Protests force China to dump plan to build $6 billion uranium plant
13 July 2013
China has cancelled plans to build a huge uranium processing facility in Guangdong province in southern China following protests by local residents who took to the street.
State-run China National Nuclear Corporation and China Guangdong Nuclear Power Corp (CGNPC) had planned to build the 37 billion yuan ($6 billion) project.
The move to build the huge nuclear processing facility has also sparked unease in neighbouring Hong Kong and Macau, who are reported to have raised the issue with local authorities in Guangdong, the South China Morning Post reported.
The uranium processing complex was to have been built on a 230-hectare area in the Pearl River delta industrial heartland, has been cancelled due to safety concerns of the public.
"To respect people's desire, the Heshan government will not propose the CNNC project", the Heshan city government's web site said in a one-line statement.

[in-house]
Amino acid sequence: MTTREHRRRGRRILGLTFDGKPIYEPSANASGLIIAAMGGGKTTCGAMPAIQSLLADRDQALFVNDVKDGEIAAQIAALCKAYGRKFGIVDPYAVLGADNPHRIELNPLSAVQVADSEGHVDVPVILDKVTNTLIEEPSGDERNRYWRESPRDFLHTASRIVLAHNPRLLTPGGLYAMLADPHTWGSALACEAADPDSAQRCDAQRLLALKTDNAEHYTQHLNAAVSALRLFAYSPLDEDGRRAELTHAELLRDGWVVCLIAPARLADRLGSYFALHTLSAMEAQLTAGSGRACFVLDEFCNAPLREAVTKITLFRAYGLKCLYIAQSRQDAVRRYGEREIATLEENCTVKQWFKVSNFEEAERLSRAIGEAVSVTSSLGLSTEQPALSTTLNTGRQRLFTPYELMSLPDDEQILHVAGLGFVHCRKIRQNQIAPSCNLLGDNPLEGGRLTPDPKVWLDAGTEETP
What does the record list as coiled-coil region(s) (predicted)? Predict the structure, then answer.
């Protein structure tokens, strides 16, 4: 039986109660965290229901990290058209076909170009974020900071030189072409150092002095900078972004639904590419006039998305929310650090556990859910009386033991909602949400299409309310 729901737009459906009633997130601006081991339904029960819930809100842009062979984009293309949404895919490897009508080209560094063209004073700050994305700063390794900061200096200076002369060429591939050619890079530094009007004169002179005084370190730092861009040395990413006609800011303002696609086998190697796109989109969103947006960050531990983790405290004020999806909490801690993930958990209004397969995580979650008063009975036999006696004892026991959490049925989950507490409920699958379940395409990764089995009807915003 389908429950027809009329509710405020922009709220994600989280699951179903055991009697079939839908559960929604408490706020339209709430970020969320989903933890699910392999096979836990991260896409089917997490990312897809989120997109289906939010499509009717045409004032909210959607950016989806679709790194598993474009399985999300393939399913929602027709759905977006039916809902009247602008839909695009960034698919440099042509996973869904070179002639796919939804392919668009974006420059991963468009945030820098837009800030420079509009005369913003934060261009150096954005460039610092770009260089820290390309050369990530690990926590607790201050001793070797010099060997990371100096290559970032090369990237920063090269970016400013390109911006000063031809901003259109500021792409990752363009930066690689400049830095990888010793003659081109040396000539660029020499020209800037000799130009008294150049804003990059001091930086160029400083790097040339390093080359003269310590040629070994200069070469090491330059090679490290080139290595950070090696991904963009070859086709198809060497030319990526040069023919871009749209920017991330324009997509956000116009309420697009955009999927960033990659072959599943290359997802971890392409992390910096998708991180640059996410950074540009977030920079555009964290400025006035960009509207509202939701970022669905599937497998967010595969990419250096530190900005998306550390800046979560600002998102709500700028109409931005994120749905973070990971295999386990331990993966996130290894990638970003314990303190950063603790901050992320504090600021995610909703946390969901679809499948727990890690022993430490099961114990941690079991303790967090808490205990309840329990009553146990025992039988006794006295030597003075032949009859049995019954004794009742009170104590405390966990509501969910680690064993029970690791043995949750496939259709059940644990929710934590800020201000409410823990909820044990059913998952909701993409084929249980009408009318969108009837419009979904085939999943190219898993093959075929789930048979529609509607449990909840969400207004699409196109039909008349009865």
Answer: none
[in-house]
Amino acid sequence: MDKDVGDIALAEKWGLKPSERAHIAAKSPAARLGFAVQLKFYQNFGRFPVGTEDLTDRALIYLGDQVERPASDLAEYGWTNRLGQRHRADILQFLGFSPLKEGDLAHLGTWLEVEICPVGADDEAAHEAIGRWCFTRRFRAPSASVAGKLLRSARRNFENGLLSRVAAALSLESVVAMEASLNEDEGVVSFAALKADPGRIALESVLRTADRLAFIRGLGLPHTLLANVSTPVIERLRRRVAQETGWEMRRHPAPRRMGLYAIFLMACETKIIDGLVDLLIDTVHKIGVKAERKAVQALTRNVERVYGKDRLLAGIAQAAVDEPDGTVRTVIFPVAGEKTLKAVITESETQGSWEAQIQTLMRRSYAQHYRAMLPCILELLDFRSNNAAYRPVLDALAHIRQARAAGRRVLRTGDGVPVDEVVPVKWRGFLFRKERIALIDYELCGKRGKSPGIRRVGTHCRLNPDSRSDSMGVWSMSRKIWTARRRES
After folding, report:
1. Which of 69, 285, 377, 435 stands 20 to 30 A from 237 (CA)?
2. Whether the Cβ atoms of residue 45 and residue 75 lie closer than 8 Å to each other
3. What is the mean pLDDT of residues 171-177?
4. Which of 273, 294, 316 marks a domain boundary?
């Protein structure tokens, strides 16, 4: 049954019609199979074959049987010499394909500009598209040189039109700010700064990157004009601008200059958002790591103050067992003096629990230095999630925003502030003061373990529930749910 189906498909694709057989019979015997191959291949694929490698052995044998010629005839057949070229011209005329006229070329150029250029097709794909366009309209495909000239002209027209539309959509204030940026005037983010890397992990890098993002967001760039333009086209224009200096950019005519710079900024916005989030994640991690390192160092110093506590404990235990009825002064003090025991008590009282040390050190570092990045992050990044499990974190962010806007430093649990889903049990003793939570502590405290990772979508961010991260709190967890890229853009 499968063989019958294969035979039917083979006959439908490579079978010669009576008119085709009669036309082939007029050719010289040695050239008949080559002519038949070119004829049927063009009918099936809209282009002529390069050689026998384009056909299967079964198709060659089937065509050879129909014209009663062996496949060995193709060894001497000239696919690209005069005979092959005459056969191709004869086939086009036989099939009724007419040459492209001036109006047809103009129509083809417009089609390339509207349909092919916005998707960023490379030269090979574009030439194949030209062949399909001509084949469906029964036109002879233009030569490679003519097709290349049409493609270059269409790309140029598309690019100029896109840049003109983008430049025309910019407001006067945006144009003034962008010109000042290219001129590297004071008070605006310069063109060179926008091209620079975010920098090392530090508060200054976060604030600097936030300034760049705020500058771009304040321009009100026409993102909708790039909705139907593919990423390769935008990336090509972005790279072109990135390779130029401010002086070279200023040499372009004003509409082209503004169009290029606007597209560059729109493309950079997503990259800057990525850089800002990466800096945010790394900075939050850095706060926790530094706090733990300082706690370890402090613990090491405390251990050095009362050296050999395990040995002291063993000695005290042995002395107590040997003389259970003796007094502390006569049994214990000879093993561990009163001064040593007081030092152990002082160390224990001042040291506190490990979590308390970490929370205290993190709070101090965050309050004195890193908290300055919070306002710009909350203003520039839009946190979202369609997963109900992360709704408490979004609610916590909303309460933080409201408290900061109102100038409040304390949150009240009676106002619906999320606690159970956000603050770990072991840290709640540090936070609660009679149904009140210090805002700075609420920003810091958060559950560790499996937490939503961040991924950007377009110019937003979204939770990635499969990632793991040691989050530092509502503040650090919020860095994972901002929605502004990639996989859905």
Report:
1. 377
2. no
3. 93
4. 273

Guangdong is one of China's largest nuclear power bases, with five nuclear reactors already running and a dozen more being built, mostly using new technology from companies like French Areva and Westinghouse, a unit of Japan's Toshiba Corp.
The proposed project was designed to produce 1,000 tonnes of uranium fuel annually by 2020, which is needed to meet the needs of China's expanding nuclear power capacity, likely to reach 60-70 gigawatts by 2020 from the current 12.6 GW.
China currently produces 800 tonnes of uranium fuel at its plants in southwestern Sichuan province and north China's Inner Mongolia.
China imports uranium both from domestic mines and imports from Kazakhstan, Canada and Australia.